Minnesotans Can Be the Blueprint for Change

The shootings this summer in St. Paul and Dallas, compounded by so many horrific events that have occurred in 2016, have been particularly difficult to comprehend. Through my work overseeing an organization that has worked for 40 years to help set students on a course for success, it would be easy to feel that it’s all been for naught.

One Sunday back in July, I was feeling particularly distraught as I drove up to St. Cloud for the first week of Minnesota Business Venture. This week-long program prepares high school students with leadership, teamwork, and financial literacy skills needed for work and life. The demographics of the camp represents a mosaic of ethnicities and cultures. Students participate in a variety of activities throughout the week, including hearing from inspirational speakers that have overcome some of life’s greatest challenges.

Daniel Shannon speaks to students at MBV.

The camp’s opening speaker for the past five years has been Daniel Shannon, Chief Inspiration Officer at DanielShannonSpeaks.com. Daniel is an African-American man who shares his life journey – challenges and triumphs – with our students. That day, he addressed an audience of 200 people, including youth, parents, business volunteers, and staff.

Daniel took us through his childhood of being brought up by a single mother alongside his older brother. Being surrounded by an external environment full of bad possibilities and having a painful awareness that many people enjoyed a better life could have easily led him down the wrong path. But a constant in his life was his mother’s insistence that education was not negotiable. She believed it would be the key to a rewarding and successful life. Daniel went on to graduate from Howard University and was a star on the track team. That day at camp, his presentation, highlighted by a reenactment of his final race, emphasized the importance of creating a vision for yourself and finding a supportive mentor. Students were encouraged to carve out their own path and make a positive difference, not only in their own lives but in the world.

Daniel closed his presentation reflecting on the violent events of that particular week in July. Living just 15 minutes from the site of the fatal shooting of Philandro Castile, Daniel talked about how he frequently drives with his wife and two-year-old daughter in the same area. He told the audience, that could have been him. He also expressed sorrow about the Dallas shootings. I have heard Daniel’s presentation several times before but there was something different this time. He challenged each and every student to help create a world where we can all feel safe, and working together is the norm. When Daniel finished his presentation, I looked around the room; students were clapping enthusiastically, parents were hugging their kids, and there were more than a few tears.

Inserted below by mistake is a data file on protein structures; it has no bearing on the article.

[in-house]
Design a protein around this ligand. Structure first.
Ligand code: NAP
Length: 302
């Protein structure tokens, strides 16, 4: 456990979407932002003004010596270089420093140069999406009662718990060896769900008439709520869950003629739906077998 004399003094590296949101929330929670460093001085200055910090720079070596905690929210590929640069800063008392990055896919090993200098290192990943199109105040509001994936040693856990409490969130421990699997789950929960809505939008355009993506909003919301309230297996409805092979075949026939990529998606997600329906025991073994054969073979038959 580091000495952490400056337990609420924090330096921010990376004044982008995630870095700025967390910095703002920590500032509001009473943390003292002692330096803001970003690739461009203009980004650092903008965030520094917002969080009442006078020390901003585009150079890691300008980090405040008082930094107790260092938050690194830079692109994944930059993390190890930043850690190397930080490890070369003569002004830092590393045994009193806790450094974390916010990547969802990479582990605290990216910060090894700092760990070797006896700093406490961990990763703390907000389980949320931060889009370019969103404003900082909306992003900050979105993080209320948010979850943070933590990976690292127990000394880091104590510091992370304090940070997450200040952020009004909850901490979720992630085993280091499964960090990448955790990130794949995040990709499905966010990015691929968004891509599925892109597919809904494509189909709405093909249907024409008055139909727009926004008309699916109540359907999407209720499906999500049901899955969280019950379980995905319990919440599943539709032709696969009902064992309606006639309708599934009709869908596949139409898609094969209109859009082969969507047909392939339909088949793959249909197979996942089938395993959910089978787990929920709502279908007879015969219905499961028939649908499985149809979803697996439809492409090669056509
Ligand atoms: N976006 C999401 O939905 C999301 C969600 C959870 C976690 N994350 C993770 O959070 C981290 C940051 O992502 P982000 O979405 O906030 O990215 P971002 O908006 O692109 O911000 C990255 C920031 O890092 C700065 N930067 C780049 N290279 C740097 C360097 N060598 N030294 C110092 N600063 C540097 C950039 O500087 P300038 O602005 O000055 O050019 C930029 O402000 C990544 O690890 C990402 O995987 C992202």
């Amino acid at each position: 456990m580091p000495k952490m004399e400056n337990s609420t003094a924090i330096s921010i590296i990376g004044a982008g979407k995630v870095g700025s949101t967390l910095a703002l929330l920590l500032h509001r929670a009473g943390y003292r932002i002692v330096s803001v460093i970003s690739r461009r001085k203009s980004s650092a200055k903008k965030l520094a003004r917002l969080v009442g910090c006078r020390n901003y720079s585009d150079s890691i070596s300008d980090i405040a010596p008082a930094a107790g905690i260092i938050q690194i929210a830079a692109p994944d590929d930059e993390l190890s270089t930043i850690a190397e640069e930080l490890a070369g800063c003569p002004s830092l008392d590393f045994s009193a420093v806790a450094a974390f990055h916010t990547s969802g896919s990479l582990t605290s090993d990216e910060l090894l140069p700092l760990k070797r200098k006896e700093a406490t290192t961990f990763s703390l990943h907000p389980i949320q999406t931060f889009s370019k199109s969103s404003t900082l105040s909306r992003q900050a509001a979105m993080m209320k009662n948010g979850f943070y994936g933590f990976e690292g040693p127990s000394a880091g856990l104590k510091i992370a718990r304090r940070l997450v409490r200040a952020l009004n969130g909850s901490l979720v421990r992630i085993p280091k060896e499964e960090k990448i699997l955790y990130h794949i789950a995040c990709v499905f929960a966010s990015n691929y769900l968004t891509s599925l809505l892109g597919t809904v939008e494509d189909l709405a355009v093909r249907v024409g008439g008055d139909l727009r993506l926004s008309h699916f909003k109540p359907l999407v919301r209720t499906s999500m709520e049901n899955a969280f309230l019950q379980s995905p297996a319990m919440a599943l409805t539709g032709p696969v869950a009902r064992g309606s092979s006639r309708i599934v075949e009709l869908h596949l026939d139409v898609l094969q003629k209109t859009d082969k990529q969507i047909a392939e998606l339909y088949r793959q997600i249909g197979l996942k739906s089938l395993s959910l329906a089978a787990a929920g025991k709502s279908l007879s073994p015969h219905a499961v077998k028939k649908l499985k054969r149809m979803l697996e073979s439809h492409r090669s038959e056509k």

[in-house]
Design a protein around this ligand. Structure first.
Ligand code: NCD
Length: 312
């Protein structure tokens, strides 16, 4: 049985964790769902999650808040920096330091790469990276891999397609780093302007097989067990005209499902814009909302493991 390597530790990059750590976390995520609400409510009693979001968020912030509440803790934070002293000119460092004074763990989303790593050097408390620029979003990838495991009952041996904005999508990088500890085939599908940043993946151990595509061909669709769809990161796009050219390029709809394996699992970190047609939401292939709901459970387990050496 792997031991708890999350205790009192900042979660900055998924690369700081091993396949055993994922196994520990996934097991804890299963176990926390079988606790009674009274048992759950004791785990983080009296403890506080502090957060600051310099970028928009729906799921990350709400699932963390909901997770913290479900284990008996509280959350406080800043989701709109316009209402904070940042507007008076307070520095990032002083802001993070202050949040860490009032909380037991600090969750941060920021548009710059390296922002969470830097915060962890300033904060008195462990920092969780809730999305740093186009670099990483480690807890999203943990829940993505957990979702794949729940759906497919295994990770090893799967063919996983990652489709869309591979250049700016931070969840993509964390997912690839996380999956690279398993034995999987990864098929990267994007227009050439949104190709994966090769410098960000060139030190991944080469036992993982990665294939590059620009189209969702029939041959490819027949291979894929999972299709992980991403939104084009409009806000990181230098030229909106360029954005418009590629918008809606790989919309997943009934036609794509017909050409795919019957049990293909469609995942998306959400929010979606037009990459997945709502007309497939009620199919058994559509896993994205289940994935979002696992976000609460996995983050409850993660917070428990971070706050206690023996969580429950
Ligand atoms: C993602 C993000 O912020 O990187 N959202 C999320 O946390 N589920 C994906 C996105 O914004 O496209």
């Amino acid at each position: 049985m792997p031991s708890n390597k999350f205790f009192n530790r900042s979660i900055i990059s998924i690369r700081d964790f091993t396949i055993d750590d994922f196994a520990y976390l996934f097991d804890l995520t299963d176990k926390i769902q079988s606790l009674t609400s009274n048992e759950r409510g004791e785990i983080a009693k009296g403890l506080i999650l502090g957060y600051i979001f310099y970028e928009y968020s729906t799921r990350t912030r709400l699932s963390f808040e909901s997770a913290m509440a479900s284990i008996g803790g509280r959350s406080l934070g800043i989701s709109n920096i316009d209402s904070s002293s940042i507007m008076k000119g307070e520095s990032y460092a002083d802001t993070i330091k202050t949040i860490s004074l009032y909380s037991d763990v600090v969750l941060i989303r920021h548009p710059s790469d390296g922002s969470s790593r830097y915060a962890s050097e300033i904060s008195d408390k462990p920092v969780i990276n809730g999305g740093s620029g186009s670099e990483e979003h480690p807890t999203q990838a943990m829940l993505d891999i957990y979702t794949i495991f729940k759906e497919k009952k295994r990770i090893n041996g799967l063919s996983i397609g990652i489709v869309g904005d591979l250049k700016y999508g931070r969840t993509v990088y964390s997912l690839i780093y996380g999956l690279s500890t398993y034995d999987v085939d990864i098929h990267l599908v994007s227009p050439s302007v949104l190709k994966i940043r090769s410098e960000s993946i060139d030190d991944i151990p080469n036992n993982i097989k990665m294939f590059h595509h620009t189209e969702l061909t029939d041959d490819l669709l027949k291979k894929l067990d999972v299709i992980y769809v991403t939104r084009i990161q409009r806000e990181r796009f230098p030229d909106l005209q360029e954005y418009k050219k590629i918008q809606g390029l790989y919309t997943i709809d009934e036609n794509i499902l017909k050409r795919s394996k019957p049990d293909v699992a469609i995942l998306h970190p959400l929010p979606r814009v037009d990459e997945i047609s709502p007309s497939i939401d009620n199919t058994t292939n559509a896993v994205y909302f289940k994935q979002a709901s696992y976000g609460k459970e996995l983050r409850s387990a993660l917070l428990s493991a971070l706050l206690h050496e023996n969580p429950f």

This moment reinforced to me the importance of having caring adult role models to lead the way for our younger generation. In a society that is as complex and confusing as ours can be, adults need to provide the blueprint. The more positive experiences we can provide to our youth, whether it be through camps, mentoring, or day-to-day experiences, the better chance we will have to reduce violence and have a generation that is ready to tackle tomorrow’s challenges. Every child needs a positive influence in their life. Sometimes it’s simply a short interaction. Sometimes it’s for a lifetime. But it is critical.

My drive back to the Twin Cities seemed so much shorter than the drive up. The experience inspired me to write this piece and to issue a challenge to our community. During my years at BestPrep, I have witnessed the tremendous impact that mentoring can have. Our email mentoring program, eMentors, reaches more than 4,500 Minnesota students each year. But this is simply not enough. We must implore the members of Minnesota’s business community to increase support for mentorship programs through funding and volunteers. Everything around me tells me that now is the time to meet this challenge head-on and demand support for the programs that can help steer our society in a better direction.